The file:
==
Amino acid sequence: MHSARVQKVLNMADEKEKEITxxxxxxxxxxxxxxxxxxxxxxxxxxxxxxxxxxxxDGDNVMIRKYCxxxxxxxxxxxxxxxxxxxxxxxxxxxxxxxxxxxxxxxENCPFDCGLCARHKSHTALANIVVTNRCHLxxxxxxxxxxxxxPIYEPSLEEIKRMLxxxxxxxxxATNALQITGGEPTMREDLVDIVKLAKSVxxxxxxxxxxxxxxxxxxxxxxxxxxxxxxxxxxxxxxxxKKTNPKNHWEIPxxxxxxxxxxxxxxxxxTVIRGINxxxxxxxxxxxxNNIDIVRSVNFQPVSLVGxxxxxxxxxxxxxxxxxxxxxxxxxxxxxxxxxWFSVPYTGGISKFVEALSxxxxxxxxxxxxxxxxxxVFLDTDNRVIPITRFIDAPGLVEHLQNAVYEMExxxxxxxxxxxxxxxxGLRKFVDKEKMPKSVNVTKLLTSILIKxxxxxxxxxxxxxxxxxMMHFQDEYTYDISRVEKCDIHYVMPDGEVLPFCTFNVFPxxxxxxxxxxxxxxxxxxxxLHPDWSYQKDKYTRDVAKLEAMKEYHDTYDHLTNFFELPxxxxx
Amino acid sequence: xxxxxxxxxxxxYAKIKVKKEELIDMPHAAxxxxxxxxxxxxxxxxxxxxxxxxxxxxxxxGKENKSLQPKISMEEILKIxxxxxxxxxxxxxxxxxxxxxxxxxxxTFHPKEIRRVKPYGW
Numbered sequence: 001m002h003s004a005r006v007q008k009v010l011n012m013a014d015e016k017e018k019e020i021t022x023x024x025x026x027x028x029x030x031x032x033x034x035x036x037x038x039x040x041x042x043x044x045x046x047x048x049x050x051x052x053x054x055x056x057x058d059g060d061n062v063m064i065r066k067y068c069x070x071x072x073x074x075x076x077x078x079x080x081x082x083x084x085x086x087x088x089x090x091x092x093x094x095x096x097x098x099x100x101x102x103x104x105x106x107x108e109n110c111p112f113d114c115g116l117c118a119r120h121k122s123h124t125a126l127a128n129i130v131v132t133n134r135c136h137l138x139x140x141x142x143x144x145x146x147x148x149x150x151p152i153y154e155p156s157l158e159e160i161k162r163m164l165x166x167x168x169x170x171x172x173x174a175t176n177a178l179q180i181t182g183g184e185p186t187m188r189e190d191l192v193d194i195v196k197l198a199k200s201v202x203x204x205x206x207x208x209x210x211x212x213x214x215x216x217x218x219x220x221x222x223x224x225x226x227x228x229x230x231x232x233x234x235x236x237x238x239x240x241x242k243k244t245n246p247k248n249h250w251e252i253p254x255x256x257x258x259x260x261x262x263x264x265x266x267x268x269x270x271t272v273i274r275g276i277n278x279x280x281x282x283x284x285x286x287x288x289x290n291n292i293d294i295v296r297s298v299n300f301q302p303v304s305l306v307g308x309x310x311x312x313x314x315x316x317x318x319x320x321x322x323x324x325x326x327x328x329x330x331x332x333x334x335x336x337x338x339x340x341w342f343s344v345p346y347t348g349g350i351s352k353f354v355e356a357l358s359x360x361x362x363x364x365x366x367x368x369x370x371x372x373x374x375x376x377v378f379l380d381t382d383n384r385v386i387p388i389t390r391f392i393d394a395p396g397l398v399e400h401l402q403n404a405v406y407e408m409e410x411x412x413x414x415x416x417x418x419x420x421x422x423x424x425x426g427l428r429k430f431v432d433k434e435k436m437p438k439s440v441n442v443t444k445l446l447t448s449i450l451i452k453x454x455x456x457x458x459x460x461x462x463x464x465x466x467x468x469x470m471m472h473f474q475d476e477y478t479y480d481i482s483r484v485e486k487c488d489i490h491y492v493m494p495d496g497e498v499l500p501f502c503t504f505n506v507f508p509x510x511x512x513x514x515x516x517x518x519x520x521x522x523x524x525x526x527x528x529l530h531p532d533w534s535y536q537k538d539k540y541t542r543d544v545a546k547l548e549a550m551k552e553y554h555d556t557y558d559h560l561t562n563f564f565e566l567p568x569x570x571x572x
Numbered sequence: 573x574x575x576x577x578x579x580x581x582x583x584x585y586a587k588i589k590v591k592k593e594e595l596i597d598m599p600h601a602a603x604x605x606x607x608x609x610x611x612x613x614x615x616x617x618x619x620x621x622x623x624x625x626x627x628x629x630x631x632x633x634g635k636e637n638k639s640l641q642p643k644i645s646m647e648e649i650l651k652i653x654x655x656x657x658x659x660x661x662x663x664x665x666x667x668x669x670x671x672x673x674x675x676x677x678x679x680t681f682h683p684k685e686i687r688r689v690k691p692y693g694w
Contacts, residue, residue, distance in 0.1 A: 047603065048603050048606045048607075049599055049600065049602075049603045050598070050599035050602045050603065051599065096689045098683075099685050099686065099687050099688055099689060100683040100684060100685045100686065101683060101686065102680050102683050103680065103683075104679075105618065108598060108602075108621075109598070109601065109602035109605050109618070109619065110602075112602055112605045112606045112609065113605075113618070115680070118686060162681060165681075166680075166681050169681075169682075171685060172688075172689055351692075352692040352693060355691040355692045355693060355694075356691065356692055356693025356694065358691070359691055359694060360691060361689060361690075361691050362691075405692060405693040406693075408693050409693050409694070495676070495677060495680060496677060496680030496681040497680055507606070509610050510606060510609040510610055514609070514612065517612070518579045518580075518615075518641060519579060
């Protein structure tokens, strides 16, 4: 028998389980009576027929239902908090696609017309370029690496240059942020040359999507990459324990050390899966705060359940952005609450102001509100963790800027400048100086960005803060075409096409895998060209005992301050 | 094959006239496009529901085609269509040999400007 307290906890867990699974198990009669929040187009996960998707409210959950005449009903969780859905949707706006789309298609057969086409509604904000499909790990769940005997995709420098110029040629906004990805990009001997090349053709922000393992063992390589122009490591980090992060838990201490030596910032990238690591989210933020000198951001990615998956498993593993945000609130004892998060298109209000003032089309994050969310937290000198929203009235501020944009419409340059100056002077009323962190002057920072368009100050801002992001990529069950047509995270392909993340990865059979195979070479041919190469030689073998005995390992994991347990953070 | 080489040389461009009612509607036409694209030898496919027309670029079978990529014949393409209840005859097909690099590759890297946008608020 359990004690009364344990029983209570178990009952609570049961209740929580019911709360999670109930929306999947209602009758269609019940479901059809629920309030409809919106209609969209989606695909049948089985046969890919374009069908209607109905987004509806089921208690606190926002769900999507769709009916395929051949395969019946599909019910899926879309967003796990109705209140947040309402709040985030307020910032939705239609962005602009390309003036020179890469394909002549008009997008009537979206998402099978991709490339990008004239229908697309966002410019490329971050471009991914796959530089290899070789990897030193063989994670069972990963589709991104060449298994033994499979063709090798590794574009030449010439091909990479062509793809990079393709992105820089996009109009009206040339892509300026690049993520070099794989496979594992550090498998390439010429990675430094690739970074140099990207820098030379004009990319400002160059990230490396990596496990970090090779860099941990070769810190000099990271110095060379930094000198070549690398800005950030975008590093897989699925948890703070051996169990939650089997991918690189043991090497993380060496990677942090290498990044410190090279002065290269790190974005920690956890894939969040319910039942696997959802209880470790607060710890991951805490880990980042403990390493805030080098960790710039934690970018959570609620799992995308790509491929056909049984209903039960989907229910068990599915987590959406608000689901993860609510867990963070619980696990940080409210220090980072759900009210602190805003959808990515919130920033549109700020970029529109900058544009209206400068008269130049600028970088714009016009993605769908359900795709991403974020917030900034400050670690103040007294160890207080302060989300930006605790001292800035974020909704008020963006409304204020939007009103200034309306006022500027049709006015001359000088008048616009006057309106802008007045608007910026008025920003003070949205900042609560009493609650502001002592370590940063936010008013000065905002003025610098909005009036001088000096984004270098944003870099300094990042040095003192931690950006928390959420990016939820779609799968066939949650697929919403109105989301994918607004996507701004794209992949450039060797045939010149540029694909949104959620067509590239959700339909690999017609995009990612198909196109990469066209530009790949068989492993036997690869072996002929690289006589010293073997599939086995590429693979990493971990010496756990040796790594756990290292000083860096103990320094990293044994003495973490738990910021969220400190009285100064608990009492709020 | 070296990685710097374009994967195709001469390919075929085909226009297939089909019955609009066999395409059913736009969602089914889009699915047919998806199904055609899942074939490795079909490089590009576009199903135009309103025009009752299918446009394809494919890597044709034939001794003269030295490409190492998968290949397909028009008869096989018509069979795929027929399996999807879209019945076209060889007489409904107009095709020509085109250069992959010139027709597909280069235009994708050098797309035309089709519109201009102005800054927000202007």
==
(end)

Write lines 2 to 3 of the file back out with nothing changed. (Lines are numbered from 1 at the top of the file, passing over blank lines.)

Amino acid sequence: xxxxxxxxxxxxYAKIKVKKEELIDMPHAAxxxxxxxxxxxxxxxxxxxxxxxxxxxxxxxGKENKSLQPKISMEEILKIxxxxxxxxxxxxxxxxxxxxxxxxxxxTFHPKEIRRVKPYGW
Numbered sequence: 001m002h003s004a005r006v007q008k009v010l011n012m013a014d015e016k017e018k019e020i021t022x023x024x025x026x027x028x029x030x031x032x033x034x035x036x037x038x039x040x041x042x043x044x045x046x047x048x049x050x051x052x053x054x055x056x057x058d059g060d061n062v063m064i065r066k067y068c069x070x071x072x073x074x075x076x077x078x079x080x081x082x083x084x085x086x087x088x089x090x091x092x093x094x095x096x097x098x099x100x101x102x103x104x105x106x107x108e109n110c111p112f113d114c115g116l117c118a119r120h121k122s123h124t125a126l127a128n129i130v131v132t133n134r135c136h137l138x139x140x141x142x143x144x145x146x147x148x149x150x151p152i153y154e155p156s157l158e159e160i161k162r163m164l165x166x167x168x169x170x171x172x173x174a175t176n177a178l179q180i181t182g183g184e185p186t187m188r189e190d191l192v193d194i195v196k197l198a199k200s201v202x203x204x205x206x207x208x209x210x211x212x213x214x215x216x217x218x219x220x221x222x223x224x225x226x227x228x229x230x231x232x233x234x235x236x237x238x239x240x241x242k243k244t245n246p247k248n249h250w251e252i253p254x255x256x257x258x259x260x261x262x263x264x265x266x267x268x269x270x271t272v273i274r275g276i277n278x279x280x281x282x283x284x285x286x287x288x289x290n291n292i293d294i295v296r297s298v299n300f301q302p303v304s305l306v307g308x309x310x311x312x313x314x315x316x317x318x319x320x321x322x323x324x325x326x327x328x329x330x331x332x333x334x335x336x337x338x339x340x341w342f343s344v345p346y347t348g349g350i351s352k353f354v355e356a357l358s359x360x361x362x363x364x365x366x367x368x369x370x371x372x373x374x375x376x377v378f379l380d381t382d383n384r385v386i387p388i389t390r391f392i393d394a395p396g397l398v399e400h401l402q403n404a405v406y407e408m409e410x411x412x413x414x415x416x417x418x419x420x421x422x423x424x425x426g427l428r429k430f431v432d433k434e435k436m437p438k439s440v441n442v443t444k445l446l447t448s449i450l451i452k453x454x455x456x457x458x459x460x461x462x463x464x465x466x467x468x469x470m471m472h473f474q475d476e477y478t479y480d481i482s483r484v485e486k487c488d489i490h491y492v493m494p495d496g497e498v499l500p501f502c503t504f505n506v507f508p509x510x511x512x513x514x515x516x517x518x519x520x521x522x523x524x525x526x527x528x529l530h531p532d533w534s535y536q537k538d539k540y541t542r543d544v545a546k547l548e549a550m551k552e553y554h555d556t557y558d559h560l561t562n563f564f565e566l567p568x569x570x571x572x